NFS – How to Get Read/Write Access to NFS Share of Synology NAS in Ubuntu 14.04


I have read access only to the mounted NFS share.

With 'no squash mapping' set on the NAS, Ubuntu regular user gets Permission denied when trying to cd into the share and can only get read access by using sudo.
Using squash 'map all users to admin' setting, client regular user can cd into and has only read access to the share. Using sudo does not allow write.

Synology NAS:
DS214> id username
uid=1026(username) gid=100(users) groups=100(users),101(administration)

no squash (no mapping)
DS214> cat /etc/exports

all squash (map all users to admin)
DS214> cat /etc/exports

Ubuntu client:
$ cat /etc/fstab /mnt/nfs/Files nfs rw,user,auto 0 0

$ id username
uid=1000 gid=1000(username) groups=1000(username), <etc>

$ ls -n /mnt/nfs
drwxrwxrwx 9 0 0 4096 Sep 25 01:28 Files

$ ls -n /mnt/nfs/Files
drwxr-xr-x 11 1026 100 4096 Sep 24 22:05 Data

(I originally posted in error that using sudo enabled write access) I can open a file in the mounted NFS share with sudo vi /mnt/nfs/Files/Data/test.file but cannot write the changes to the file even with sudo. The vi Error message upon :w! command is:
"test.file" E212: Can't open file for writing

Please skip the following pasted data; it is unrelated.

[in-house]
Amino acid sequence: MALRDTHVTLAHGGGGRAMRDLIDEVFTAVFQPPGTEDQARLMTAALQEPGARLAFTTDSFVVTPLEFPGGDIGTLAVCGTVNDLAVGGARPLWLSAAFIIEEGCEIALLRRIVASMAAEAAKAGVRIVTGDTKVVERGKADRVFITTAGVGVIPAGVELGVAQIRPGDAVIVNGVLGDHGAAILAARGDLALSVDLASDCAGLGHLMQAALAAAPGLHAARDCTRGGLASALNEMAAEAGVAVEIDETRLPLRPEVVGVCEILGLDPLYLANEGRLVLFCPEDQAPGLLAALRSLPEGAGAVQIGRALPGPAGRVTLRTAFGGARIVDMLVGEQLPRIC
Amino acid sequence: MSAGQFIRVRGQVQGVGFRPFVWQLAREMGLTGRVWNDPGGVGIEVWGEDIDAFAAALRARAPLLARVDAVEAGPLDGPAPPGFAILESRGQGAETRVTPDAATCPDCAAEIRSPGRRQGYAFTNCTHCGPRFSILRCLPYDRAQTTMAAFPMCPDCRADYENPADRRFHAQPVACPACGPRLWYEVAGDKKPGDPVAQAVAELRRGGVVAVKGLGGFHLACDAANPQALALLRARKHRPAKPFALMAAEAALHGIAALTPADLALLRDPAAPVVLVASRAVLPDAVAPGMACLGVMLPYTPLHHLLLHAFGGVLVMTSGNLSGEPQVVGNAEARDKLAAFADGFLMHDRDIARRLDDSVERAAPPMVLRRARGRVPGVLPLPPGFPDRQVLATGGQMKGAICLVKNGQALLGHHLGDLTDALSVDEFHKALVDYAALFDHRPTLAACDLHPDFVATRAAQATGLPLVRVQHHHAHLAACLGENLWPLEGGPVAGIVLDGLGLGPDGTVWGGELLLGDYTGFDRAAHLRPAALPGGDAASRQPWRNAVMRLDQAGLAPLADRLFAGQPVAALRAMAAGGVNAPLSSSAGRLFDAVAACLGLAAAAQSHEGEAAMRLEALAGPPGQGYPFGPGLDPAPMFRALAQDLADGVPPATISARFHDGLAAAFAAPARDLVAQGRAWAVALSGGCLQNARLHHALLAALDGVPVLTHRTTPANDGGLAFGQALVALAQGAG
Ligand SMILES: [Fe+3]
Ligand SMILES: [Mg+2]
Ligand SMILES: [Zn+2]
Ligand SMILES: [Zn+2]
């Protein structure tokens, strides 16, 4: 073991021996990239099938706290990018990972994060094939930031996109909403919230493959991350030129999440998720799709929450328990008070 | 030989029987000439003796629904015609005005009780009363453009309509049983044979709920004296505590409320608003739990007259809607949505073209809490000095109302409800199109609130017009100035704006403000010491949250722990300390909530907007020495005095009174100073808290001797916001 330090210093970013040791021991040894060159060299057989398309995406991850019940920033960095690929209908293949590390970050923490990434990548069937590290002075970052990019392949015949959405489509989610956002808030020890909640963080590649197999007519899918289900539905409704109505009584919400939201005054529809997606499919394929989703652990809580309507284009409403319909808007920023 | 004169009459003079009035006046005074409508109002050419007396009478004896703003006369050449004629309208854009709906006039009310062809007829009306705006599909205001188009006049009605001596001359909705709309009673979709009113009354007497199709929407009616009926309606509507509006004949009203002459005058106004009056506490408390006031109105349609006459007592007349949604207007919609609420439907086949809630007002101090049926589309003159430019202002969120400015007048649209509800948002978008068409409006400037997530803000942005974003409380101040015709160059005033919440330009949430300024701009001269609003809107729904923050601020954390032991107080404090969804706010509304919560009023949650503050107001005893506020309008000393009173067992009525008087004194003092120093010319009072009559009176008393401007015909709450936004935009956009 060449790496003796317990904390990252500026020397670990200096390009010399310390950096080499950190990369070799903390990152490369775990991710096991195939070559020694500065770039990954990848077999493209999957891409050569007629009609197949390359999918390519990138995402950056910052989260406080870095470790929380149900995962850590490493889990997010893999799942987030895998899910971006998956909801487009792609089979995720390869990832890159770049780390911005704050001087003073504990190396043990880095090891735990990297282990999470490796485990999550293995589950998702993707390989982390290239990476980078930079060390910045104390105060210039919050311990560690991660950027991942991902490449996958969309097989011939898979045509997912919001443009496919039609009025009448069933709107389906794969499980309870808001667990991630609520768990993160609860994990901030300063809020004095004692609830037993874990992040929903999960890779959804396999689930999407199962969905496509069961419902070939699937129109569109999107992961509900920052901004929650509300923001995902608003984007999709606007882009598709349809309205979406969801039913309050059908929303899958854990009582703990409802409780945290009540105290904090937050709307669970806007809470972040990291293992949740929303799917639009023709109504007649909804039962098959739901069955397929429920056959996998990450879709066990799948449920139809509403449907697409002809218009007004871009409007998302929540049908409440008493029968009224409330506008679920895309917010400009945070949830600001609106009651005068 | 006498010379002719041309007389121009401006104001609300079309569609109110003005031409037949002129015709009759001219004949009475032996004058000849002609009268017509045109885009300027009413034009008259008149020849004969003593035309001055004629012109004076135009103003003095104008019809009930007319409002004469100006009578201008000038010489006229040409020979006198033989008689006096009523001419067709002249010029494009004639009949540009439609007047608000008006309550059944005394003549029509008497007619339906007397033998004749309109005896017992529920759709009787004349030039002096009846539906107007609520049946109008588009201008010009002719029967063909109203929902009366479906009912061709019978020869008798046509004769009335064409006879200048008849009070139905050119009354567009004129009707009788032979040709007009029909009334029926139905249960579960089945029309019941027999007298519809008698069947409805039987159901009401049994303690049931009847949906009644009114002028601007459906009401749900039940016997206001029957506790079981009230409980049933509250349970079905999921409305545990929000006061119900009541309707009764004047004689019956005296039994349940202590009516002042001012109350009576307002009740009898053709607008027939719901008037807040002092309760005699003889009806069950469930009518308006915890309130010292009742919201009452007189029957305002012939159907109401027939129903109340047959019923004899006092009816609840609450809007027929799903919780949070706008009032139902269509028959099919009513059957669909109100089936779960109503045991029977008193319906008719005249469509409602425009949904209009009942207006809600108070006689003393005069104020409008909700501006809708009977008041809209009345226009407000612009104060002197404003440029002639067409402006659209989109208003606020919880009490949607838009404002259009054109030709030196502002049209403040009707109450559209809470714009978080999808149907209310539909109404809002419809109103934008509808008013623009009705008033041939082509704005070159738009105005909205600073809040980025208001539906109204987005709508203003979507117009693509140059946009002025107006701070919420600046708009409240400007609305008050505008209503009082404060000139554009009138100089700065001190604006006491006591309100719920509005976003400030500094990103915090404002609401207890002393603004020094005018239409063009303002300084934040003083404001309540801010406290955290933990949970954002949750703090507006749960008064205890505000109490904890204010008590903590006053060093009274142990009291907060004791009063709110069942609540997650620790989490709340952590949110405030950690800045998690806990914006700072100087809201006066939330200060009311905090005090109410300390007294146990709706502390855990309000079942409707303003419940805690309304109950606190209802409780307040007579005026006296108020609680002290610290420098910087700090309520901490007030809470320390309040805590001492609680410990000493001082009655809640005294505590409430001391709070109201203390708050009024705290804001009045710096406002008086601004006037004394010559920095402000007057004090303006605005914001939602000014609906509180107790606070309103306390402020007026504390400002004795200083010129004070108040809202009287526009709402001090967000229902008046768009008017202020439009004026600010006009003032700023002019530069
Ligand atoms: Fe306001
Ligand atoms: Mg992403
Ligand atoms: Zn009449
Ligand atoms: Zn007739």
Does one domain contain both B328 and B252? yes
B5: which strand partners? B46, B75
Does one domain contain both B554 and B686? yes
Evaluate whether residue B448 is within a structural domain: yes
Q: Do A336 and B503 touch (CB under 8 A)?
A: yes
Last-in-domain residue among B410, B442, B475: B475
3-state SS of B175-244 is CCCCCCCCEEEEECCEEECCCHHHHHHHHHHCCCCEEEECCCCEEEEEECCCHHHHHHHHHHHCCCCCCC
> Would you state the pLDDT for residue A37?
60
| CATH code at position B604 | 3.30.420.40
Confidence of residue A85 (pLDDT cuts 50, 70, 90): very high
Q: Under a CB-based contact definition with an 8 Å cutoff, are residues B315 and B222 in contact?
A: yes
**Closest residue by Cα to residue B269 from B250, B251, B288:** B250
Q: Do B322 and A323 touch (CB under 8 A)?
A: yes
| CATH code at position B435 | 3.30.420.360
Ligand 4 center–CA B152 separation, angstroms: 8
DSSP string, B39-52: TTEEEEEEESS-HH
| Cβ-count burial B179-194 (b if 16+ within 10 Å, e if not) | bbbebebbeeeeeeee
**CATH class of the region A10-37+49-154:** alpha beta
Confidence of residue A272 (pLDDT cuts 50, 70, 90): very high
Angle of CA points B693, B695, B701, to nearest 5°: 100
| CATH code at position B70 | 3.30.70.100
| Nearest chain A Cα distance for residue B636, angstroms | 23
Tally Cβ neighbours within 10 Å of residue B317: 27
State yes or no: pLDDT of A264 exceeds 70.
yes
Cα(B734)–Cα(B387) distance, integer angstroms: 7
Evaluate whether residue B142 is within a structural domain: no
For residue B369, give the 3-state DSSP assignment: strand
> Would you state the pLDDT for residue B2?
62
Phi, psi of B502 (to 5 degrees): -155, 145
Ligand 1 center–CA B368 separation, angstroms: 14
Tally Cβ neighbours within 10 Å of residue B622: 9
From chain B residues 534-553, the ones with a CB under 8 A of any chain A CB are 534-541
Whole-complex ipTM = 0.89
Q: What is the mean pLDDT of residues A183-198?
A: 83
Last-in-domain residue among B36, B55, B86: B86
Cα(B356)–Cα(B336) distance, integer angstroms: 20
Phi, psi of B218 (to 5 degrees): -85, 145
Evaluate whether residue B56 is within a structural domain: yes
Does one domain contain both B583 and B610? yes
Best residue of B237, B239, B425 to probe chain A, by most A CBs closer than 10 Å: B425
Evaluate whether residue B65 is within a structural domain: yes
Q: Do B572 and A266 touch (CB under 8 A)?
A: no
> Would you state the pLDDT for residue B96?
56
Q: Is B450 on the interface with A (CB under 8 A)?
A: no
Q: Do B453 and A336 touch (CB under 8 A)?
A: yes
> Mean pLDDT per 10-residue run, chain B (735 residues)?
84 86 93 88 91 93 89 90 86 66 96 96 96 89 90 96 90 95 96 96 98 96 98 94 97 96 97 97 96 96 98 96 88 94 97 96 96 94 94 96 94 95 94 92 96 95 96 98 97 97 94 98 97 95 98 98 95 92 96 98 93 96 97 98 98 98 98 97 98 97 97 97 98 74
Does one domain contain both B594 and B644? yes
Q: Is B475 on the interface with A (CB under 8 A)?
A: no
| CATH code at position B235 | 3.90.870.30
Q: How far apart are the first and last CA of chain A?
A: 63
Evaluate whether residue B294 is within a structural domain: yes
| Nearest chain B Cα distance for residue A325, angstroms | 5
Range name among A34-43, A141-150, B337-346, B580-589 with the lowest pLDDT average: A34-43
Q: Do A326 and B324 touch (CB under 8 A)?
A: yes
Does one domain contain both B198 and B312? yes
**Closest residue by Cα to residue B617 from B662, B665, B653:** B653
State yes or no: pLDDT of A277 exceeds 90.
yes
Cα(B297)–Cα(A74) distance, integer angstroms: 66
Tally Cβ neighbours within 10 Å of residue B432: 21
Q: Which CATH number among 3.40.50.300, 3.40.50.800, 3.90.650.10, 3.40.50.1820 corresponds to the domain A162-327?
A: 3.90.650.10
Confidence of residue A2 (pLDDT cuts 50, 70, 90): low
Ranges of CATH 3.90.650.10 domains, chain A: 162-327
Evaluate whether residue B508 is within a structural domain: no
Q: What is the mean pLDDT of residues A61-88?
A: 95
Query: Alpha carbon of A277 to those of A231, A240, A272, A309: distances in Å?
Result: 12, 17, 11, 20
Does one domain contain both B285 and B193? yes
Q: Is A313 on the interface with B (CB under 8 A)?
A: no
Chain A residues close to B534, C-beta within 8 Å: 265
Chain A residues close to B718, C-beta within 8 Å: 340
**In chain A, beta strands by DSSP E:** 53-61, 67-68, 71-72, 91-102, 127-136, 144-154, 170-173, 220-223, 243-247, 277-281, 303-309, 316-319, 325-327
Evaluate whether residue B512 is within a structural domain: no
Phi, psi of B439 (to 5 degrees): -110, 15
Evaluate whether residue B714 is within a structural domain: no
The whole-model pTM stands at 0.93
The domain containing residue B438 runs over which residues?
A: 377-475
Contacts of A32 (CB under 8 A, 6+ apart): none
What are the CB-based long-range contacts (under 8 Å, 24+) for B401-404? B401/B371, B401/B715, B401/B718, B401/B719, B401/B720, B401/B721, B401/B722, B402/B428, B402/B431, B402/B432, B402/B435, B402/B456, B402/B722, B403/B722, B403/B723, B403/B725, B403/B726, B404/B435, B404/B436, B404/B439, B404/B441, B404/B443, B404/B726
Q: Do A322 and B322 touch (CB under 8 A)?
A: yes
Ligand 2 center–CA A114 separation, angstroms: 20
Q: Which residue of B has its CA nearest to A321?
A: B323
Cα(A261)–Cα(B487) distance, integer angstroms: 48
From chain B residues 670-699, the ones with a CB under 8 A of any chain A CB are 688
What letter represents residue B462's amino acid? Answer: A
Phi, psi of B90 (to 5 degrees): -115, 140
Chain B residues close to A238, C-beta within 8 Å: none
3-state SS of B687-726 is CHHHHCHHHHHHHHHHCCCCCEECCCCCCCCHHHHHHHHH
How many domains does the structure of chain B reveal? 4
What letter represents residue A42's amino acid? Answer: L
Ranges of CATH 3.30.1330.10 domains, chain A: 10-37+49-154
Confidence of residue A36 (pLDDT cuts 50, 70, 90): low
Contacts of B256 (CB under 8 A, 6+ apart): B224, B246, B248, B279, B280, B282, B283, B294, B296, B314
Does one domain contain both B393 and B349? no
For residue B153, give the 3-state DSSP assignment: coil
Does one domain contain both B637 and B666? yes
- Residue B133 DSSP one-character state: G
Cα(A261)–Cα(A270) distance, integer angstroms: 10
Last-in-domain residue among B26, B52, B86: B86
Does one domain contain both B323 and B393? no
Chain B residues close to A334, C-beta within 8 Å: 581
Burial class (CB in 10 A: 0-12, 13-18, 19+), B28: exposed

Best Answer

NFSv2/3 handles permissions solely based on UID and GID. File permissions on the server are matched against user- and group ids on client. That is why NFSv<4 is by design insecure in environments where users have root access to the client machines; UID spoofing is trivial in that case.

Note that NFSv4 offers client and user authentication via Kerberos5. If authentication with username and password is needed, it is although often much easier to resort to Samba (SMB/CIFS) instead of setting up a Kerberos, even in pure Linux environments.

To at least prevent escalation of root privileges, NFS shares are exported by default with the option root_squash, which will map all client request coming from root (uid=0, gid=0) to anonuid and anongid. This behavior can be overridden with no_root_squash, granting root access to the export.

Here, we see another drawback. To function properly, NFS basically requires you to have the same UID/GID on all machines. The files you want to access belong to 1026 and have permissions 755. You're user on the client has uid=1000. The GIDs don't match either, so you get world permissions only. Hence no write access.

To resolve this, you could do one of multiple things:

  • On the NAS, change the owner of the files to 1000. You would maybe need to create that particular account. How this will affect other services, I cannot tell.

  • Change the UID of your local user to 1026.

  • Since you are the only one accessing the files on the server, you can make the server pretend that all request come from the proper UID. For that, NFS has the option all_squash. It tells the server to map all request to the anonymous user, specified by anonuid,anongid.

    Add the optionss all_squash,anonuid=1026,anongid=100 to the export in /etc/exports.

Be cautious though, since this will make anyone mounting the export effectively the owner of those files!

If you share your network with people and their clients whom you not trust completely not to make mischief with your files, you really should look into a method of filesharing that offers authentication. In my opinion, Samba is the easiest way to achieve that.

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